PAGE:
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Has your ROI gotten flabby around the middle? Is your bottom line feeling the drag of extra weight? Could you get a little more muscle out of your campaigns? It’s a new year with new opportunities to attain your ultimate marketing campaign fitness, and having a marketing analytics and attribution solution can help you make that happen. In just six weeks, you can bring the power of data unification, deeper customer journey insights, and newfound decision-making abilities into your campaigns—and here’s how.  

Keys to Transforming Your Marketing Fitness

Before you embark upon a marketing fitness plan, you first need to take a holistic overview and assess key areas of your marketing organization. This can be daunting, and you wouldn’t be doing it alone—your coach (an Altitude specialist) will help you create a comprehensive, holistic approach to help ensure your ultimate marketing fitness.

Three key areas to assess:

  • Cultural: Change can be hard medicine to swallow, and thus change management is the spoonful of sugar. If marketing leaders don’t take care of their employees’ psychological needs, then any change—including ones for the better—will be traumatic at best, and rejected at worse.
  • Strategic: Plan it out. Forward-thinking marketing leaders recognize the need to plot out where they are heading, how to get there, and what surprises and obstacles to expect along the way.
  • Operational: You have pinpointed the discrepancies between systems—where the data leakages are—and now need to change some fundamental ways you  handle marketing analytics so you can ensure that your data is trustworthy. By implementing these steps, you will gradually upgrade your day-to-day marketing operations so you will achieve incremental progress through attainable milestones.

Your 6-Week Plan to Marketing Fitness

Congratulations! You have made the commitment to creating your own marketing powerhouse that will do the heavy lifting toward your ultimate ROI fitness.  Here, we’ll provide you with an abbreviated plan—find a detailed version in our eBook, Blueprint to Actionability, Part 1.

Week 1: Cultural Change
Rolling out major changes to the organization without a properly designed change management strategy tends to stall initiatives—keeping these three major elements in mind will help keep that from happening:

  1. The vision and the journey. In order for change to take hold, map out (and regularly revisit) the clear vision of where you want to go and the journey your organization needs to take to get there.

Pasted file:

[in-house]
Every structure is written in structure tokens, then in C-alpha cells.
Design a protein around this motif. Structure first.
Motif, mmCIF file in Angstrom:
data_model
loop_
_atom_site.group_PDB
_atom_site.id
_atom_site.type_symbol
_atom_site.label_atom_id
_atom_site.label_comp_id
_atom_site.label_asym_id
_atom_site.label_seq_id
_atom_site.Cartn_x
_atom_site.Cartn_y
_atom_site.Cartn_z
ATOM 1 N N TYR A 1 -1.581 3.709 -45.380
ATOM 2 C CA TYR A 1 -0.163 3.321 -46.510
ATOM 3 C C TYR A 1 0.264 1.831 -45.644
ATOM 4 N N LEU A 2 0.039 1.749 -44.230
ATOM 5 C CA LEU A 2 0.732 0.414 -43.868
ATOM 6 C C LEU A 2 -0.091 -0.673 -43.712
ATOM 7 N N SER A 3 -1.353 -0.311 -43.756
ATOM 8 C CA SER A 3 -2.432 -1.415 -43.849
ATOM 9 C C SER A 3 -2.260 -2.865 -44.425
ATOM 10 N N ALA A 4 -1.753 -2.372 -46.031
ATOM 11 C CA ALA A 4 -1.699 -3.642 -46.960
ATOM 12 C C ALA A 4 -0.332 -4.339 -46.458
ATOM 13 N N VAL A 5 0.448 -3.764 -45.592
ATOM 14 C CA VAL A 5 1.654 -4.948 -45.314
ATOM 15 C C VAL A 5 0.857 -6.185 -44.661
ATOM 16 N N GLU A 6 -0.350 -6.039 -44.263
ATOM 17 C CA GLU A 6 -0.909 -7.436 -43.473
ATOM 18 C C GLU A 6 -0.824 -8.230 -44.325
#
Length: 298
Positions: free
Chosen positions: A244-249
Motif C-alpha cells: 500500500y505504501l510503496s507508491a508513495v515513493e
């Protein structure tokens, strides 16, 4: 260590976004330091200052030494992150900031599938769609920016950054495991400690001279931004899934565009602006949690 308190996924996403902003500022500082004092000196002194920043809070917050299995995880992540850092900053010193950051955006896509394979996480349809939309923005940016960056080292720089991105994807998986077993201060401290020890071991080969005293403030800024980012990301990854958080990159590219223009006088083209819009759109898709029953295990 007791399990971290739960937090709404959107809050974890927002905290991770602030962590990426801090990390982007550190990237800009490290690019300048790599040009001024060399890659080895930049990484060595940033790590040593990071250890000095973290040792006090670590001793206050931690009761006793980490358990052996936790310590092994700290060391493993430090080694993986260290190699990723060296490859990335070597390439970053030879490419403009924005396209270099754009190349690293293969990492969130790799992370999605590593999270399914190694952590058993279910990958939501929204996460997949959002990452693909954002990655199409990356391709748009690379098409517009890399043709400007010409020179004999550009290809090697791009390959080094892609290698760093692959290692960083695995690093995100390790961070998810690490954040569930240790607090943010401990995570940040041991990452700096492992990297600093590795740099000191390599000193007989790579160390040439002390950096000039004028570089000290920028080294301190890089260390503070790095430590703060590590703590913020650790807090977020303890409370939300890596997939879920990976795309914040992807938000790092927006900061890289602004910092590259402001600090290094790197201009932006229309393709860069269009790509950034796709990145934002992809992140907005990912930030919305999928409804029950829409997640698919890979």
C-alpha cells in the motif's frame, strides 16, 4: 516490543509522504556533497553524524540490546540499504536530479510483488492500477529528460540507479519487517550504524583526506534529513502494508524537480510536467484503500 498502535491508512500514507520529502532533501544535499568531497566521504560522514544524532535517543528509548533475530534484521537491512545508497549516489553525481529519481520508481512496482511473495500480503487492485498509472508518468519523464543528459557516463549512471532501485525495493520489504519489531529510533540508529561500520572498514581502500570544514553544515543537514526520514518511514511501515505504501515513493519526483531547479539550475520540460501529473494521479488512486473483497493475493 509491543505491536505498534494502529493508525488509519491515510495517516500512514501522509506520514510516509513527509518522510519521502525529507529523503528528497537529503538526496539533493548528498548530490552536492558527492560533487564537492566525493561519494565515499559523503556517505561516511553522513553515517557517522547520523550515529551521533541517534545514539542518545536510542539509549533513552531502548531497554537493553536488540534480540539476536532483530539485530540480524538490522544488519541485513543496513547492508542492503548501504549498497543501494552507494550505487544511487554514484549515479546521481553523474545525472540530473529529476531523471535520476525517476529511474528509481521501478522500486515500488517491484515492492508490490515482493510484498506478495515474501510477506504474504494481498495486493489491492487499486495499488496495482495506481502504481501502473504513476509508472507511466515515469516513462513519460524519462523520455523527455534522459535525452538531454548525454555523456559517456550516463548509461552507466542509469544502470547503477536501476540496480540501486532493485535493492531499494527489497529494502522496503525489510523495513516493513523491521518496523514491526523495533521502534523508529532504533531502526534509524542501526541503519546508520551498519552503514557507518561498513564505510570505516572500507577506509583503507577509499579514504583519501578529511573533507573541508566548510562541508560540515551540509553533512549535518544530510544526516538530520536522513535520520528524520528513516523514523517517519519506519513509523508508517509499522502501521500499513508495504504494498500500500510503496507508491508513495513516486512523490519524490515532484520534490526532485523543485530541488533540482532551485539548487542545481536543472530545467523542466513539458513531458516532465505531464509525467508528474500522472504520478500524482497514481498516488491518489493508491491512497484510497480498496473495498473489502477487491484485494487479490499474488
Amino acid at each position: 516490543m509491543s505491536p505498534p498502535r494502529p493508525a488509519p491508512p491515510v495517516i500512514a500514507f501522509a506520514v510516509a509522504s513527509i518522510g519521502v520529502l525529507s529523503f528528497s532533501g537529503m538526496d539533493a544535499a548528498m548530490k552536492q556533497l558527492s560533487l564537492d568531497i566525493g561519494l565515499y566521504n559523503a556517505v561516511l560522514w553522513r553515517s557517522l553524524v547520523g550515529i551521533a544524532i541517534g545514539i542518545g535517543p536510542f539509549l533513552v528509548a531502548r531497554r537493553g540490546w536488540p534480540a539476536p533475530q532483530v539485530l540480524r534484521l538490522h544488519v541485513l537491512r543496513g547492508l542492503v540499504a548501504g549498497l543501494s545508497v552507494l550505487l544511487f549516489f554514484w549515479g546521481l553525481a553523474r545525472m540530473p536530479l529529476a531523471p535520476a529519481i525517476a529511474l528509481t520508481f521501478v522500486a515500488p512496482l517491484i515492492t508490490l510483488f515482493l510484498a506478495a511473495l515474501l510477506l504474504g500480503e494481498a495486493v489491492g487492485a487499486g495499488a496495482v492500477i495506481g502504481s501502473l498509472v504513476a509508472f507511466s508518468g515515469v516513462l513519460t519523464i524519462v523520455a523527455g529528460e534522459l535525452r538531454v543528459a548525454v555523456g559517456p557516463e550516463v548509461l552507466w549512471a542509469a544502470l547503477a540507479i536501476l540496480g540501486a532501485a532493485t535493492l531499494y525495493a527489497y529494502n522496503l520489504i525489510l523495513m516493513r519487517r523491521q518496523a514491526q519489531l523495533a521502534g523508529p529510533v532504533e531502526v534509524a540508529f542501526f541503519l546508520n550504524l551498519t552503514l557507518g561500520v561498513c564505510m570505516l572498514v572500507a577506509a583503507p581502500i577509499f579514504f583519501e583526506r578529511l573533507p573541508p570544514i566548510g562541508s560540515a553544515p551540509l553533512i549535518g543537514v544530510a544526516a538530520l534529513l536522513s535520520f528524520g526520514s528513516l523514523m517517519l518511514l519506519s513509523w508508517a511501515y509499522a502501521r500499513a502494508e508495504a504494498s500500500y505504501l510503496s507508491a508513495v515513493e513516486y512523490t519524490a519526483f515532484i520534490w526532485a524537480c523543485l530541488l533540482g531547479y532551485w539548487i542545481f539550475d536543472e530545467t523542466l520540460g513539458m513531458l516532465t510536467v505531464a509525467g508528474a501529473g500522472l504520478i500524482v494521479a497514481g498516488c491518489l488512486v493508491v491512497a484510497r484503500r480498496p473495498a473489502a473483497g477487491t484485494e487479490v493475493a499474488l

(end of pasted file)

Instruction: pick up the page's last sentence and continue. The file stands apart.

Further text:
2. Communication and dialogue. Once the vision and journey are well thought out, continuous dialogue is essential to gain buy-in and to stress the urgency of the change. If people perceive the change as “optional,” then many will opt to keep on doing things they way they always have. Think about designing incentives to ensure your teams comply to your timeline and goals.
  3. Measured milestones and alignment. Create key milestones so team members can easily recognize when they have achieved a goal—and then mark it. Stakeholders need to be aligned to these milestone moments or “mini-successes.” Milestones are great way to roll out change incrementally, which is recommended—too much change in too short a timespan can completely overwhelm your marketing teams and cause initiatives to be rejected. Key areas to look at:
    1. KPI migration: Focus on KPIs that cut across multiple channels, no matter how challenging this may seem at first.
    2. Multitouch attribution: Go beyond post-view or post-click conversion rates to rules-based, machine-learning, or statistics-based attribution, even though it may take some extra education and effort.
    3. Metric discrepancies between systems: Web analytics tools use different metrics, like visits and unique visitors compared to an attribution solution—this needs to be sorted out so you can optimize marketing spend across channels
    4. Conversion deduplication: If your marketing has operated in siloed, disparate systems, your SEM platform and ad server, for example, might both be claiming credit for the same conversion—so deduping your systems is important.

Week 2: Orientation
Week 2 focuses on the basics—it’s time to work that core to achieve your ultimate marketing fitness goal. To establish a good foundation of knowledge and expertise in your team, here’s where you implement training, communication, and practice.

In preparation for implementing a marketing analytics and attribution solution, your channel teams have poked holes in the reports, found all the breakages, ironed them out, and reached a point of reporting parity to their old system, ensuring that they can trust the data. Now it’s time to turn every single member of your team’s attention to training on the reporting infrastructure of your new marketing analytics and attribution solution. (Here’s where a marketing fitness trainer from Impact’s Altitude team can be brought in to help.) Set up training communication channels to ensure that everyone knows who your account executives and customer success managers are for when the team has ad hoc questions.

You’ve tackled two of the biggest challenges toward reaching your marketing fitness goal—way to go! Next week, we’ll dive into weeks 3 through 6. If you’re eager to find out more now about achieving marketing fitness in the new year, download our eBook, Your Blueprint to Actionability, Part 1.

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